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Writing in Macmillan’s Magazine a few years after the denouement of the Crimean War, Thomas Hughes, author of Tom Brown’s School Days, declared that this conflict’s ‘drama ...
Four Nations Approaches to Modern ‘British’ History: A (Dis)united Kingdom / eds. Naomi Lloyd-Jones, Margaret M. Scull
Four Nations Approaches, as the editors acknowledge from the start, follows in the footsteps of a very solid tradition of edited collections, brought about by the rise of ‘New British History’ in the 1990s and early 2000s.
Historians of the British Empire have long recognized the hunger strike—famously embraced by suffragettes in Britain, and by nationalists in Ireland and India—as a transnational tactic of democratic, anti-colonial resistance.
‘This book’, writes Jeffrey A. Auerbach in his Introduction to Imperial Boredom, ‘is very much about how people felt’ [his italics]. As such, it takes its place in a growing body of scholarship that explores through individual lives the mind-set that under-pinned the empire project, both individually and on a collective level.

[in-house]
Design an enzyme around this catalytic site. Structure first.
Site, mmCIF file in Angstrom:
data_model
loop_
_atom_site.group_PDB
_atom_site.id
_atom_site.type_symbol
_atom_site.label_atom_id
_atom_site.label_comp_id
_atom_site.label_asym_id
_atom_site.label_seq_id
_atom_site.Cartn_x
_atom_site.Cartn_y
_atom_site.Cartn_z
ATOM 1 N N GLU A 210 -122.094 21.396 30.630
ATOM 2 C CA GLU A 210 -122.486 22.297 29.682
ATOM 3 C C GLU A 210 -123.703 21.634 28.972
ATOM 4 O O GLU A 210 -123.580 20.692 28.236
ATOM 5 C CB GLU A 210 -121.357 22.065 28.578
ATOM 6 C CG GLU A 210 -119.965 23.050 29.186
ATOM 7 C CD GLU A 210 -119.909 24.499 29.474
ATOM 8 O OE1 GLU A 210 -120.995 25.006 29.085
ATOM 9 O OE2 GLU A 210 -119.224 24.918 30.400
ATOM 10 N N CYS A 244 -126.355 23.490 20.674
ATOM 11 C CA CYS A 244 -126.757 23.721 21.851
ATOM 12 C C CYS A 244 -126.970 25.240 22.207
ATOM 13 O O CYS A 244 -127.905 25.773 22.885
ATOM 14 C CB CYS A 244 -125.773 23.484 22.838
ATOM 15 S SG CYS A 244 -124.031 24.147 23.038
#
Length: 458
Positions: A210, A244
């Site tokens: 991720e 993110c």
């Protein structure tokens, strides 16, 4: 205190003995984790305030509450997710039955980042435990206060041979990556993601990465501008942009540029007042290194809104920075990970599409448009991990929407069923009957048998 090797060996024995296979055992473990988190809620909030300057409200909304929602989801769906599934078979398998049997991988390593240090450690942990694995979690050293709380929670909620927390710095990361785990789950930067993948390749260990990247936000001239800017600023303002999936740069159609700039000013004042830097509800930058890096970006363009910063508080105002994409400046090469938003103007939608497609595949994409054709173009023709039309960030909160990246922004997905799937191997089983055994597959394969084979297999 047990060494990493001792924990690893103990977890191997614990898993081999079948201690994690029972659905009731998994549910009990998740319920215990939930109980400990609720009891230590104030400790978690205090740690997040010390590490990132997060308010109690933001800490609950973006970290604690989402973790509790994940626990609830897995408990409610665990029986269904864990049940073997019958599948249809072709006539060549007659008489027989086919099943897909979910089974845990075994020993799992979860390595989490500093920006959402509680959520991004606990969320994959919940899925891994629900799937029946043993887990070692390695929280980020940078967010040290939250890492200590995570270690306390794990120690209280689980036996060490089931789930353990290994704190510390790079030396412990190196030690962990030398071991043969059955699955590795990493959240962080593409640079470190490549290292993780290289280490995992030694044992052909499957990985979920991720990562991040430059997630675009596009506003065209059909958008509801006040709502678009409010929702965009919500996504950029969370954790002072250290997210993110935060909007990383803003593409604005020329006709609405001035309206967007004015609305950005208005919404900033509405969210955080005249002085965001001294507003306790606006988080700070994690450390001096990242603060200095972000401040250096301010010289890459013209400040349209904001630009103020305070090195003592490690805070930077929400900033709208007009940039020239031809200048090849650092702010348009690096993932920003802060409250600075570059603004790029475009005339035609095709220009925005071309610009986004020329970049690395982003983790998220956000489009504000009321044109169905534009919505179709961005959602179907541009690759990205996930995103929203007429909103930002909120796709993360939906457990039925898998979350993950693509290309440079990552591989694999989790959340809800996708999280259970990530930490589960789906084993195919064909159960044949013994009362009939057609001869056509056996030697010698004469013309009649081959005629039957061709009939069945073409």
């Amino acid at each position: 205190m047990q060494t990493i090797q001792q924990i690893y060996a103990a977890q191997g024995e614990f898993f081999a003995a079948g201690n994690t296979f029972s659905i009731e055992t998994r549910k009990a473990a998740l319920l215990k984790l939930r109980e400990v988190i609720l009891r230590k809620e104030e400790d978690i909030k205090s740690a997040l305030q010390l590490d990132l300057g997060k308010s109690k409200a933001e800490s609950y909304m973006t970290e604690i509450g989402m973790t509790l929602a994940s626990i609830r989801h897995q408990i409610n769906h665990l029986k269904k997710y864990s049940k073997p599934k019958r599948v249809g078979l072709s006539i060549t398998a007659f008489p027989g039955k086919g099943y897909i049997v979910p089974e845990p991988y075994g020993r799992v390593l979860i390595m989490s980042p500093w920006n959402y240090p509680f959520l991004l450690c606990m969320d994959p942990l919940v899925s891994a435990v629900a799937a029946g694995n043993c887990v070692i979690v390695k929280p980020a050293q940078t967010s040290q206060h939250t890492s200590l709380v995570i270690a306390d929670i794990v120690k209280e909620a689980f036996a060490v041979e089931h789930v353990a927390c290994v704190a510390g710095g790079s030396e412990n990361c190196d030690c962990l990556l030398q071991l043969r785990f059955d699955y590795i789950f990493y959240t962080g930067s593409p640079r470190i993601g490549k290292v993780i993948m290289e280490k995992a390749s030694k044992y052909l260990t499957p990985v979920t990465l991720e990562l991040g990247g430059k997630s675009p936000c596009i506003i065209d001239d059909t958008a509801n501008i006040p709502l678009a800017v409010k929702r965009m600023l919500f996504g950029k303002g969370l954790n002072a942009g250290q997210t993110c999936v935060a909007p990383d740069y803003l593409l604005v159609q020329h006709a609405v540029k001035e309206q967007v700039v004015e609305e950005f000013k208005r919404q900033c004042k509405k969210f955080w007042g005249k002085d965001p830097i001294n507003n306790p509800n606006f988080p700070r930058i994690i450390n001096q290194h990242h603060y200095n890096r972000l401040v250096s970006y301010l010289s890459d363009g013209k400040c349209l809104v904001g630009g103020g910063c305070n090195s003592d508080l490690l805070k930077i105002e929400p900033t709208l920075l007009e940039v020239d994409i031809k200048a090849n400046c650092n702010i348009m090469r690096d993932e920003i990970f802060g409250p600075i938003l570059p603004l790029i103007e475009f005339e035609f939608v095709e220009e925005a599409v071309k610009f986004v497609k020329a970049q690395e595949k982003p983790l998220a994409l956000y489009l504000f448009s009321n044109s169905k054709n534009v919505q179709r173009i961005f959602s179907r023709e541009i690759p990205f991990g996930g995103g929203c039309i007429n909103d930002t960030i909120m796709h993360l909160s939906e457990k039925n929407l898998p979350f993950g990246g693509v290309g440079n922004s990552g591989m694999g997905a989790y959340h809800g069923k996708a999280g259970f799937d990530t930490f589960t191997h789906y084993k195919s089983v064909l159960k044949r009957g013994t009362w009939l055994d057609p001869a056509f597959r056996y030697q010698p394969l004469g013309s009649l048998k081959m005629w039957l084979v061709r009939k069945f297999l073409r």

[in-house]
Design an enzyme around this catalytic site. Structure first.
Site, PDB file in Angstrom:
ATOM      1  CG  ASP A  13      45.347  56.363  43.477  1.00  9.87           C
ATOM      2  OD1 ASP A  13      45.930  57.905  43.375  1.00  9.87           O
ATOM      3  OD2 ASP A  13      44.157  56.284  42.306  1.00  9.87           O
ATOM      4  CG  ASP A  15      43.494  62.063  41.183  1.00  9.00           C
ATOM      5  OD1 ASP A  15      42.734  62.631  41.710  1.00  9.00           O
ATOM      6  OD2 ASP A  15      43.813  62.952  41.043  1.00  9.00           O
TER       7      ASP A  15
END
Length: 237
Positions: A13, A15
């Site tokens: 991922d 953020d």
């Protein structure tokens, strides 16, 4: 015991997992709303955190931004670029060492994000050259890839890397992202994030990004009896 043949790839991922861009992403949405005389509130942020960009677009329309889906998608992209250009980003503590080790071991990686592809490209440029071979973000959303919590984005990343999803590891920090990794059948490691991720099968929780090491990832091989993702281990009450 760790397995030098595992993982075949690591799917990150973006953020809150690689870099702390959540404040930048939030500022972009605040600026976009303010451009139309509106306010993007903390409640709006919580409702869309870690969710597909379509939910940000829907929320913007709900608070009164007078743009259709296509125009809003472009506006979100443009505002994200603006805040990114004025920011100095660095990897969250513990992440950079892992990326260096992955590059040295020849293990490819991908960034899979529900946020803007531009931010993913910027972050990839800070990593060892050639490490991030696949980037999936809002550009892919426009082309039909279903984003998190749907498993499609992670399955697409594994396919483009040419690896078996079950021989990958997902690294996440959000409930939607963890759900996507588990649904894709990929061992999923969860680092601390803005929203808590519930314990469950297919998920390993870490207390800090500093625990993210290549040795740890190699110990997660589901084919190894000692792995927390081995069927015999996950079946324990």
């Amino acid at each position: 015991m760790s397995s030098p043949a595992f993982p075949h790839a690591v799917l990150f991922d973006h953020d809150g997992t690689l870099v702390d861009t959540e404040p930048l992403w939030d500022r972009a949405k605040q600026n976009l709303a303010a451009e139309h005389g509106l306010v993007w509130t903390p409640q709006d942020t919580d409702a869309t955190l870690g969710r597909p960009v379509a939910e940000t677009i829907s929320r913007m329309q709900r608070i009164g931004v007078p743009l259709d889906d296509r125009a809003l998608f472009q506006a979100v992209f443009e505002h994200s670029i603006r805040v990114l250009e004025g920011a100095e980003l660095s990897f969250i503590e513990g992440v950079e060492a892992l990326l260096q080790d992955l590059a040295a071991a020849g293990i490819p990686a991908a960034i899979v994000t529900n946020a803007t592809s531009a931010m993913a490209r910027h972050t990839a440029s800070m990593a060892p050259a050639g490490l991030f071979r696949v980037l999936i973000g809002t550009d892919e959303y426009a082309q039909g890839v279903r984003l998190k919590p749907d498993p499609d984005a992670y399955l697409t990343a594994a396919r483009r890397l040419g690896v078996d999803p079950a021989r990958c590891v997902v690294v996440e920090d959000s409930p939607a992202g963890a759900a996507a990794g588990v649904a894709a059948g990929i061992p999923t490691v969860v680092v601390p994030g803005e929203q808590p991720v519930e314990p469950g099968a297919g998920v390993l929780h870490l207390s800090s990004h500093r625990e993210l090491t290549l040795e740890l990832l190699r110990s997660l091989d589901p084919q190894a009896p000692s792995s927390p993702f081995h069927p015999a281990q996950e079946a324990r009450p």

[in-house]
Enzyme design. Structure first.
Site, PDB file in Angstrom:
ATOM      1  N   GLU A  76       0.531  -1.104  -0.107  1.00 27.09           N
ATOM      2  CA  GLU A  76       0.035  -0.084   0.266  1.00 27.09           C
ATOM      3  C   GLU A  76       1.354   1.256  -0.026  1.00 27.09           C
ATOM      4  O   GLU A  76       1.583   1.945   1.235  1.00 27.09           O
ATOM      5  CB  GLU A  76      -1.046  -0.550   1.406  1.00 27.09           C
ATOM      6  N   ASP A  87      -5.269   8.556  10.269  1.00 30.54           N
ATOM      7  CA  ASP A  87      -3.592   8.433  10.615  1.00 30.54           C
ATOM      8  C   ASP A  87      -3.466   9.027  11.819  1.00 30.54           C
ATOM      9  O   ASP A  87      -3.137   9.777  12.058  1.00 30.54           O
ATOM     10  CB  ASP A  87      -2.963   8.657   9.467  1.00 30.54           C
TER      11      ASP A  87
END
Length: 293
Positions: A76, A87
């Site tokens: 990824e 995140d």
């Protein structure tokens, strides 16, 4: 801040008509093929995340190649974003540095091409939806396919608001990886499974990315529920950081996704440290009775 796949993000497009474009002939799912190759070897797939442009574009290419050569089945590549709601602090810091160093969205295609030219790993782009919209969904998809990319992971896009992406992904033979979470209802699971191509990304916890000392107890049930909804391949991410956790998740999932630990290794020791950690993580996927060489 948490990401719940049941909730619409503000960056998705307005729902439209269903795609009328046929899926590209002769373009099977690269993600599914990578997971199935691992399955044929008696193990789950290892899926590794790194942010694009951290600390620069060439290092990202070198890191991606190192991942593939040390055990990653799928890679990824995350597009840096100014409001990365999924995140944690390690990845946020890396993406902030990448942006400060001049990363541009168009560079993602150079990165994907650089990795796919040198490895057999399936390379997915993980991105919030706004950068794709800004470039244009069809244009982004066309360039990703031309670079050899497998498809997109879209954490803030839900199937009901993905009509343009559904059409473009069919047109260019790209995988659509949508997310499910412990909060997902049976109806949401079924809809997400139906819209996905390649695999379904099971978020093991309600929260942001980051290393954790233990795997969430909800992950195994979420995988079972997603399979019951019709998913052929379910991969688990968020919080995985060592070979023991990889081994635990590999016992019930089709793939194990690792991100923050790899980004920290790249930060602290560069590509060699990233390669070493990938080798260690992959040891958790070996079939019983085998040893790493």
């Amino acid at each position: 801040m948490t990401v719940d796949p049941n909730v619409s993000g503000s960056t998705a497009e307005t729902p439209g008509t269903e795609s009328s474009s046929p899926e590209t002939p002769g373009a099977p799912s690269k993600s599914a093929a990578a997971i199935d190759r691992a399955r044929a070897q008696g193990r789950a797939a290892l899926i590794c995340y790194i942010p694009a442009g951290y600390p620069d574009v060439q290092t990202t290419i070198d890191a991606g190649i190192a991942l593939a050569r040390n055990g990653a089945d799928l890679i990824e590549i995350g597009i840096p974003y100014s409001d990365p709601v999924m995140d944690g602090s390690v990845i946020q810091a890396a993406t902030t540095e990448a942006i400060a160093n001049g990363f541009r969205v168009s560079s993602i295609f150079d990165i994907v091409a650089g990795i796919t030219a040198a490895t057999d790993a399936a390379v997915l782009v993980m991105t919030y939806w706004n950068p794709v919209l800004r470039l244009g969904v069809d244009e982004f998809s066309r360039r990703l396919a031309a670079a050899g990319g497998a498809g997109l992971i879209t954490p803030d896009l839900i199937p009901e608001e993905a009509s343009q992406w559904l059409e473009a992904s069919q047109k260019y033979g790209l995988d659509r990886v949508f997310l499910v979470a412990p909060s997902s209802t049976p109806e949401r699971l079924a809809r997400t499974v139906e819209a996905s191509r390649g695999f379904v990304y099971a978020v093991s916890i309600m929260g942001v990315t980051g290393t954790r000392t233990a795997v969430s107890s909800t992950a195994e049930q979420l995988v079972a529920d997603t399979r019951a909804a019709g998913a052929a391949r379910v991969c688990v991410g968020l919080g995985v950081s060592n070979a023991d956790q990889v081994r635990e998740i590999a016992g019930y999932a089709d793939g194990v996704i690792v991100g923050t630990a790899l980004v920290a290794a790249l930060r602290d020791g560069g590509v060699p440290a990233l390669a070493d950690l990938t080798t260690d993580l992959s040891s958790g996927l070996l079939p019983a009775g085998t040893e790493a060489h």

The News of Empire: Telegraphy, Journalism and the Politics of Reporting in Colonial India / Amelia Bonea
Amelia Bonea has presented a timely book that combines the mechanisms of technology and news making in critically meaningful ways to present the production of printed news as contingent, variable and even accidental.
Within the burgeoning field of the history of childhood this collection attempts to offer something unique. It seeks to contribute to our understanding of the lived experience of children across the British world from the mid-18th to the mid-20th century and considers the construction of childhood within a global network of empire.
Empire's Children: Child Emigration, Welfare, and the Decline of the British World, 1869–1967 / Ellen Boucher
Empire’s Children is far from the now well-worn tale of imperial decline. It locates the shifting fortunes of the child emigration movement at the heart of the reconfiguration of identities, political economies, and nationalisms in Britain, Canada, Australia, and Rhodesia.
Why are so many West Indians who were born in the first half of the 20th century so enamoured with Britain, British culture and its monarchy, even in the early 21st century?
Sascha Auerbach’s Race, Law and ‘The Chinese Puzzle’ in Imperial Britain is a truly unsettling account of how in the 19th and early 20th centuries media, politicians, trade unionists, writers, thespians, film makers, and not least police and court officials across the British realm stolidly and uncompromisingly articulated and executed racist, Sinophobic judgements, deliberately whippe
Scholars continue to find new things to say about the Irish Diaspora. For many of them-especially those in Ireland and America-the term Diaspora, when applied to the Irish, has a deep, politicised meaning. We can see this point exemplified in two observations.